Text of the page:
As an Indian, one is usually aware about the 1993 Mumbai serial blasts. They are also familiar with the hijacking of IC-814 in December 1999. And it is highly improbable for most Indians to be oblivious of the 2001 attack on parliament or 26/11.
These unfortunate incidents are etched in public memory. But how many of us know that a 9/11-style terrorist attack was carried out by Sikh extremists in the 1980s targeting an Air India Flight?
On June 23, 1985, Air India Flight 182 was bombed midway in the sky as it was heading towards its destination - Indira Gandhi International Airport, New Delhi.
The flight took off from Montreal in Canada and was scheduled to stopover at the London Heathrow Airport. There were no survivors. All 329 people onboard the aircraft were killed. Majority of them were Canadian by nationality.
Remembering the tragedy, noted writer Khushwant Singh wrote in Outlook (November 15, 2004) that "among the worst (terror strikes) was the blowing up of Air India’s Kanishka (June 23, 1985), which killed all its 329 passengers and crew, including over 30 Sikhs."
The attack was carried out in the name of a religion which keeps open the doors of its gurudwaras to people of all sects and religions. It’s a religion which preaches and sanctions the concept of seva or service.
Just like Muslims are becoming victims of Islamist terrorism today, Sikhs too became victims of Khalistani terrorists onboard Air India Kanishka.
Why remember the incident now?
Inderjit Singh Reyat, the "only convicted perpetrator" of the crime as Time Magazine describes him, has been released from a Canadian prison.
Speaking to Hindustan Times, Amarjit Kaur Bhinder, wife of Captain SS Bhinder who happened to be the first officer of Air India Kanishka, said, "Many years have passed. Our loss will never be compensated. If the law of the land is permitting the release I do not have any problem. He has hidden the identity of other culprits."
She added, "After 30 years, I have stopped asking for anything. No justice was done and it will never be done."
In July 2015, The Hindu caught up with Bharatnatyam dancer Lata Pada who lost her husband and two daughters in the air disaster. The news feature said that "neither was the crash recognised as a Canadian tragedy nor did India involve the victims’ families."
It went on to mention "that were was a perception that it happened outside Canada and most of the people who perished in the attack were of Indian descent. For a long time the families were not involved; only when the plane’s debris was brought to Canada did the scale of tragedy hit home."
Imagine a situation where a government decides to release terrorists who were party to the deadly September 11 attacks. Can you foresee the ensuing furore?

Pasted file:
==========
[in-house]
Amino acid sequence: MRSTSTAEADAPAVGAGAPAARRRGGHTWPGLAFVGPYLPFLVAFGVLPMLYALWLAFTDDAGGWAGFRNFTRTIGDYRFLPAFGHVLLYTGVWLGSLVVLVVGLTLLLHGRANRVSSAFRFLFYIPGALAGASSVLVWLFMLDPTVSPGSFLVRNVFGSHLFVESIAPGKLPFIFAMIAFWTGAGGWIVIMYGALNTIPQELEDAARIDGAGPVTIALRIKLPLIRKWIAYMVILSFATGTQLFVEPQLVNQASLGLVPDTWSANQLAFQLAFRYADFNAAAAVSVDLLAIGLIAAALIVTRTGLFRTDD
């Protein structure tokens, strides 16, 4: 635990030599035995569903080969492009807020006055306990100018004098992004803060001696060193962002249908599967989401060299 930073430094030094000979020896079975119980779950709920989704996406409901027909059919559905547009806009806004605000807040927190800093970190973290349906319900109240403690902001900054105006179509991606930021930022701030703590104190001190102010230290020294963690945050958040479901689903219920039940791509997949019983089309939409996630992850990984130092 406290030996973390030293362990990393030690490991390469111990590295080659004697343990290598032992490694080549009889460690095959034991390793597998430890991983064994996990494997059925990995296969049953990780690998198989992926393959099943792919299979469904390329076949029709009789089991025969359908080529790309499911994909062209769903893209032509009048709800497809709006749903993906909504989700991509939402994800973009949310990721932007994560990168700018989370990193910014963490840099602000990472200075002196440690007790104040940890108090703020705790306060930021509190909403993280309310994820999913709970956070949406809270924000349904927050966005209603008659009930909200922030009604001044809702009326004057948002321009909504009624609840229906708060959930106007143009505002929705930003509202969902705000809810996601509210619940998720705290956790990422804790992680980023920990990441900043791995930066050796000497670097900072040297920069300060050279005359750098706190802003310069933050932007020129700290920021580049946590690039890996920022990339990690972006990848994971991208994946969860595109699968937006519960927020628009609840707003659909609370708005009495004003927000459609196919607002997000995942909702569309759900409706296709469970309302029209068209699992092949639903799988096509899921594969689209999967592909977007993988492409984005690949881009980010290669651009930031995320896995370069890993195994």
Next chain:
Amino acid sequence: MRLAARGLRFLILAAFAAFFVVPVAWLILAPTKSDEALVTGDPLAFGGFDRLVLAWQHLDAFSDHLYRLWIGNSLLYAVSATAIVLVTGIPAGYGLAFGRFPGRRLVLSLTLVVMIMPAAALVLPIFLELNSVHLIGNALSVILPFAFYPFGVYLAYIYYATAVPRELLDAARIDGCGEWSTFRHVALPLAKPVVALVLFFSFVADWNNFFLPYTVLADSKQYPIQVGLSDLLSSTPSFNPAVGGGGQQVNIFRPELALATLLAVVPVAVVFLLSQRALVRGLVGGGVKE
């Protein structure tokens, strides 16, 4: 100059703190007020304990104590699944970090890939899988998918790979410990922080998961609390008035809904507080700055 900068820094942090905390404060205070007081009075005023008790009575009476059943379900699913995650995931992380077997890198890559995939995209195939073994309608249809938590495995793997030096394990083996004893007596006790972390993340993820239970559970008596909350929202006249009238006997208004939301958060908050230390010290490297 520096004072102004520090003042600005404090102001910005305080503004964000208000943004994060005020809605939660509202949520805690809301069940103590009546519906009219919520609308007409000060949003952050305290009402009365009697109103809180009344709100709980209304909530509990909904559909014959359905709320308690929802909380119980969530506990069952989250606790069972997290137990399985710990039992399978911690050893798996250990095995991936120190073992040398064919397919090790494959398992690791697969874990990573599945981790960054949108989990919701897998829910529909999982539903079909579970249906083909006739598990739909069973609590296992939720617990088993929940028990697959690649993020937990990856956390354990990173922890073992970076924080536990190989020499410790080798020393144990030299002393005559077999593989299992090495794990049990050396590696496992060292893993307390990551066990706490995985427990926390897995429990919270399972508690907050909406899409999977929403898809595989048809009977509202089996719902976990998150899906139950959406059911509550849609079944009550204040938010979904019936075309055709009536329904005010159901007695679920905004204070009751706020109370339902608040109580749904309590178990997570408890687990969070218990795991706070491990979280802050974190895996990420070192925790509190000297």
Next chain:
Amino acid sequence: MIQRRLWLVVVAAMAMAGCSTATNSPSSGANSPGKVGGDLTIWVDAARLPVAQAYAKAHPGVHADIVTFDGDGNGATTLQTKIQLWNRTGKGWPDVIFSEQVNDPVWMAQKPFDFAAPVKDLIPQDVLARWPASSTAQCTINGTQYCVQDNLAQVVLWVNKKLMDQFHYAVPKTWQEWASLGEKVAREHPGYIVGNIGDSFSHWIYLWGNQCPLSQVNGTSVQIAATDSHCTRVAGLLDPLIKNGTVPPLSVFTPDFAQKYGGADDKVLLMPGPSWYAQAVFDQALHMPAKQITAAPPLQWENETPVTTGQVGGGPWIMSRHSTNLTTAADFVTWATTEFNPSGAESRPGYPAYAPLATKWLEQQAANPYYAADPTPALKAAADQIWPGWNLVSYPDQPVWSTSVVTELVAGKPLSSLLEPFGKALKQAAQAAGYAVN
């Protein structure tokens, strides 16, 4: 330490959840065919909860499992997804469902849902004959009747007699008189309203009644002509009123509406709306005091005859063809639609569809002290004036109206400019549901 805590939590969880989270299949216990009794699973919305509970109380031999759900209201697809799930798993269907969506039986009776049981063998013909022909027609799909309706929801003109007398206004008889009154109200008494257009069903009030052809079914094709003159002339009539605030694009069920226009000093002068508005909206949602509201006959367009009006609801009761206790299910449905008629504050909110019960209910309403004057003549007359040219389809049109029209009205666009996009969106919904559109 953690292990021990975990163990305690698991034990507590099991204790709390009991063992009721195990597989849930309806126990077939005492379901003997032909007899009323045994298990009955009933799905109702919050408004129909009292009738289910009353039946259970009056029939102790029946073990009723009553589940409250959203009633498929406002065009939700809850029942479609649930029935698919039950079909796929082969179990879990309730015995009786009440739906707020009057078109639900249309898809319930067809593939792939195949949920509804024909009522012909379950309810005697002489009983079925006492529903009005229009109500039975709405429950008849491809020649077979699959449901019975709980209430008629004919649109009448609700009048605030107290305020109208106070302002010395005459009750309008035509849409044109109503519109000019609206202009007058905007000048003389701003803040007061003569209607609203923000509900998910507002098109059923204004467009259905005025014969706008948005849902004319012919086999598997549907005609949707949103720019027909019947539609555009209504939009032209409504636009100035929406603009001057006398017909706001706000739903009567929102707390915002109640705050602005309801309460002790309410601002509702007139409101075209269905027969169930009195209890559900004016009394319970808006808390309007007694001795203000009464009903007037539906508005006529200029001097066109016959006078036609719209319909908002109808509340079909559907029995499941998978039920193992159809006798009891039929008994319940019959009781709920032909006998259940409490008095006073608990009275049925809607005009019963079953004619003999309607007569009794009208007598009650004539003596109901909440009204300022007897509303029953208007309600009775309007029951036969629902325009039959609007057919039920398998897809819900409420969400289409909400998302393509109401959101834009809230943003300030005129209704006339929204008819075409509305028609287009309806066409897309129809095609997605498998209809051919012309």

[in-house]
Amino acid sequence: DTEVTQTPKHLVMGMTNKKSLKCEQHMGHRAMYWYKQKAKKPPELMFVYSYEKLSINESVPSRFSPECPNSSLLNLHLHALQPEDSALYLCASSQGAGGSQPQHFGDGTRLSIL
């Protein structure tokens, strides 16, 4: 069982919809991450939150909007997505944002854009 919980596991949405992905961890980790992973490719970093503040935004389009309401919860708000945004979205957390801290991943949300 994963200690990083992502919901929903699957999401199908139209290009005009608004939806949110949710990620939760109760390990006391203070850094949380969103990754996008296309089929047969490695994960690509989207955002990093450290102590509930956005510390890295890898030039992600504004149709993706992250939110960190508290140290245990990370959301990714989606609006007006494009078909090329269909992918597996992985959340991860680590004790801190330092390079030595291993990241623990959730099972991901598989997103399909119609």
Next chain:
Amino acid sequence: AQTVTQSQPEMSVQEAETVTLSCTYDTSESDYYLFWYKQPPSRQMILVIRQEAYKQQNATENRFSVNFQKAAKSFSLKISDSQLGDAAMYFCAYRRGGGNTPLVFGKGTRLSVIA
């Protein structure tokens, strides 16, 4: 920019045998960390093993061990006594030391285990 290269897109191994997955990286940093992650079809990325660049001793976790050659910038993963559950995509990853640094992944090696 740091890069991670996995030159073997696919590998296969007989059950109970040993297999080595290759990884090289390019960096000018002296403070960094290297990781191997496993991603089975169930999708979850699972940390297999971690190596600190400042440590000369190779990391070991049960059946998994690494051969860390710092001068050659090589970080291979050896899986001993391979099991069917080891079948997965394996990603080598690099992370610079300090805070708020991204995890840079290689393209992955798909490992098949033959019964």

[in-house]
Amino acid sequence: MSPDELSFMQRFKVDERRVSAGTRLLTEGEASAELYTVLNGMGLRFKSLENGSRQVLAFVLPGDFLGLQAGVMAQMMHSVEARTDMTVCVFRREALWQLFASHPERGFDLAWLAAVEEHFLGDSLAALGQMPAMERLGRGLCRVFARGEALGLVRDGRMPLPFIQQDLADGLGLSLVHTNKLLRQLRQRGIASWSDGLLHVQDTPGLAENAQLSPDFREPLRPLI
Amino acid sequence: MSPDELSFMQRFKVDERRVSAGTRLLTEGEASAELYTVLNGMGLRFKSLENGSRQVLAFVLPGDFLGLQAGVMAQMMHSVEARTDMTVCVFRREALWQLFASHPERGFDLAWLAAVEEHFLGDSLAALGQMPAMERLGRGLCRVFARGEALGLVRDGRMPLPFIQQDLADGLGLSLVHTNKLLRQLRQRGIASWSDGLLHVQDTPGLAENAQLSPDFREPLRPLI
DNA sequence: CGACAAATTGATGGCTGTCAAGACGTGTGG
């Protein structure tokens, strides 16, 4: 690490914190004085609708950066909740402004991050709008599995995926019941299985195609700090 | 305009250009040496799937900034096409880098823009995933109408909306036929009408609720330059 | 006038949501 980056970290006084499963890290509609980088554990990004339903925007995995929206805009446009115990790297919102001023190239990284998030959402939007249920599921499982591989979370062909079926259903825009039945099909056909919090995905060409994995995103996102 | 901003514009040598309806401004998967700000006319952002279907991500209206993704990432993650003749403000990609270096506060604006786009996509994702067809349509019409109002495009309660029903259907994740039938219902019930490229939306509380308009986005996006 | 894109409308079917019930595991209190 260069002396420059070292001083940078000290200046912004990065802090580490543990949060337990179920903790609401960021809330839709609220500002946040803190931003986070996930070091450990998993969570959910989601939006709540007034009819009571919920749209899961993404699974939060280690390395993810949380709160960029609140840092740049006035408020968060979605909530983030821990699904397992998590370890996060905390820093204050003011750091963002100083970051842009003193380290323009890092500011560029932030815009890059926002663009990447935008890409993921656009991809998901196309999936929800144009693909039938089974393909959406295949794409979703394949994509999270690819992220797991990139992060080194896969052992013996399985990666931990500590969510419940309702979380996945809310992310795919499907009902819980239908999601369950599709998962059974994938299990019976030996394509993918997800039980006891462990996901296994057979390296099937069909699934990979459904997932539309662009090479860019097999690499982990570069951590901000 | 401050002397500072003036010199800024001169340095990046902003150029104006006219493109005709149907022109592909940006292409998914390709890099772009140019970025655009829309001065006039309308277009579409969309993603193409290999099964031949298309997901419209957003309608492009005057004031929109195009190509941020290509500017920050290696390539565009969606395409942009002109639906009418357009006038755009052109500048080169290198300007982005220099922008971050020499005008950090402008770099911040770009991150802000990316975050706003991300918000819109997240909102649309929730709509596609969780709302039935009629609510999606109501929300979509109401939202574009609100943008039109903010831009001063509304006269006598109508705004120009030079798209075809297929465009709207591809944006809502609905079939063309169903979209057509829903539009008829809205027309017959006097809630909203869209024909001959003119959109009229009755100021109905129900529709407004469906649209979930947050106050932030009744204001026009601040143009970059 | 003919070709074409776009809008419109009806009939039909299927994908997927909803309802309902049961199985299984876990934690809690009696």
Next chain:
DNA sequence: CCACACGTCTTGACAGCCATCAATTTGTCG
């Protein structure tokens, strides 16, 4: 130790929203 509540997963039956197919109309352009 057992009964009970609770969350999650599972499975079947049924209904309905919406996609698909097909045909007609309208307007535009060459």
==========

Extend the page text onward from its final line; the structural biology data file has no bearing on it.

What if the United States government decided against building a memorial to honour those who had perished during 9/11? If it had happened so, it would have merely reflected human insensitivity.
That kind of apathy and disdain for human life is here on show in India. Amarjit Kaur Bhinder had met former Prime Minister Dr Manmohan Singh requesting him to construct a memorial for the victims of Air India Kanishka in the national capital.
No such memorial exists in Delhi till date. Take a representative sample and survey Indians about the fate of Air India Kanishka. Majority of the responses would be overwhelmingly ignorant of the tragedy.
It’s ironical that at a time when Inderjit Singh Reyat walks free, most Indians won’t object to it because they are simply unaware of the crime he had committed.
Why such apathy?
The fundamental question which is to be asked is: Why has India forgotten about the bombing of Air India Kanishka? Is it because we, as a nation, are suffering from a skewed perception of terror?
Had the response been similar if Air India Kanishka had some form of Pakistani involvement? What would we have done had the attack taken place on our soil instead of airspace? What if majority of the dead were not Canadian nationals but Indian citizens?
There are no easy answers. But one thing which all of us need to realise is that we cannot afford to forget the human lives which were lost as a result of terroristic activities.
Hence, let us at least begin by acknowledging the Air India Kanishka tragedy by building a much needed memorial for the victims.
When Prime Minister Narendra Modi visited Canada in April 2015, he had paid homage to the victims at the memorial site in Toronto. It’s about time we had one in Delhi.
It’s about time we rallied for justice, for identification of conspirators and for their prosecution.